If you have been evicted without use of the summary ejectment procedure or have otherwise been subjected to abusive and harassing treatment from your landlord, contact the landlord-tenant and civil litigation lawyers of Maginnis Law at 919.480.8526. You may also send a confidential email inquiry using our firm’s contact page. The firm regularly represents clients throughout Wake County, including Raleigh, Cary, Wake Forest, Garner, Apex, and Zebulon. Maginnis Law also represents clients in Durham and Orange Counties, including Chapel Hill.
January 28, 2013
The Full Faith and Credit Clause of the United States Constitution generally requires that one state recognize and enforce the civil judgments of another. North Carolina, like many states, has adopted the Uniform Enforcement of Foreign Judgments Act (N.C. Gen. Stat. §§ 1C-1701 to 1708). The statute creates a relatively efficient method of filing and enforcing judgments of other states in the North Carolina courts. This is particularly important when you have obtained a judgment in another state but the defendant’s most valuable assets are located here in North Carolina. If that’s the case, you need to have your judgment enforced here and should probably hire local counsel to assist in doing so. The Raleigh attorneys of Maginnis Law can assist in enforcing your judgment and can be reached at 919.526.0450 or 919.480.8526.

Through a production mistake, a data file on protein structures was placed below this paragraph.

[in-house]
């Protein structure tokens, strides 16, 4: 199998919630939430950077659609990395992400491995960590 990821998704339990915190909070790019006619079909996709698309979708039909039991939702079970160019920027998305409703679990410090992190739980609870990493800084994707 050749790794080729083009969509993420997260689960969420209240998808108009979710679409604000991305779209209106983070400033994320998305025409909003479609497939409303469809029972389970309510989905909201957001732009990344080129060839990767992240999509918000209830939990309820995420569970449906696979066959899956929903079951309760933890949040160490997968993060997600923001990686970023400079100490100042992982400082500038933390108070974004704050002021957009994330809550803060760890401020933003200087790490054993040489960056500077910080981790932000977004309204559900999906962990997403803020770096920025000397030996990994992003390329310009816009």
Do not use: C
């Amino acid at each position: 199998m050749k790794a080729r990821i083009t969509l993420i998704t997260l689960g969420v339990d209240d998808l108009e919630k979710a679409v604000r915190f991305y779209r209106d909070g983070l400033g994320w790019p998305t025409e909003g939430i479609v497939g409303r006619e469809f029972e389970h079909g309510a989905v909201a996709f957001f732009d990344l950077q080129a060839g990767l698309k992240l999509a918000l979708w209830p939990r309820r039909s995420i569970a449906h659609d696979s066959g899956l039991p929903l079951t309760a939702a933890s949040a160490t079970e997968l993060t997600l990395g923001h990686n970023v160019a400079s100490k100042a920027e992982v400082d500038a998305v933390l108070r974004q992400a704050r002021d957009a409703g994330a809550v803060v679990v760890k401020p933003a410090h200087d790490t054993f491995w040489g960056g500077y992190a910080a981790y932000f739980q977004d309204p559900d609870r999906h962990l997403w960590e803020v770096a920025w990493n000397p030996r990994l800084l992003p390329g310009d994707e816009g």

One of the questions that typically arises in enforcement of foreign judgment cases is “what defenses can a judgment debtor raise in the North Carolina case?” This issue was recently addressed by the North Carolina Court of Appeals in the case Docrx, Inc. v. EMI Services of NC, LLC. The Court held that the following was an exclusive list of defenses allowed to a judgment debtor when trying to prevent the enforceability of a foreign judgment: “(1) the judgment is based upon extrinsic fraud; (2) the judgment is void; or (3) the judgment has been satisfied, released, or discharged, or a prior judgment upon which it is based has been reversed or otherwise vacated, or it is no longer equitable that the judgment should have prospective application.”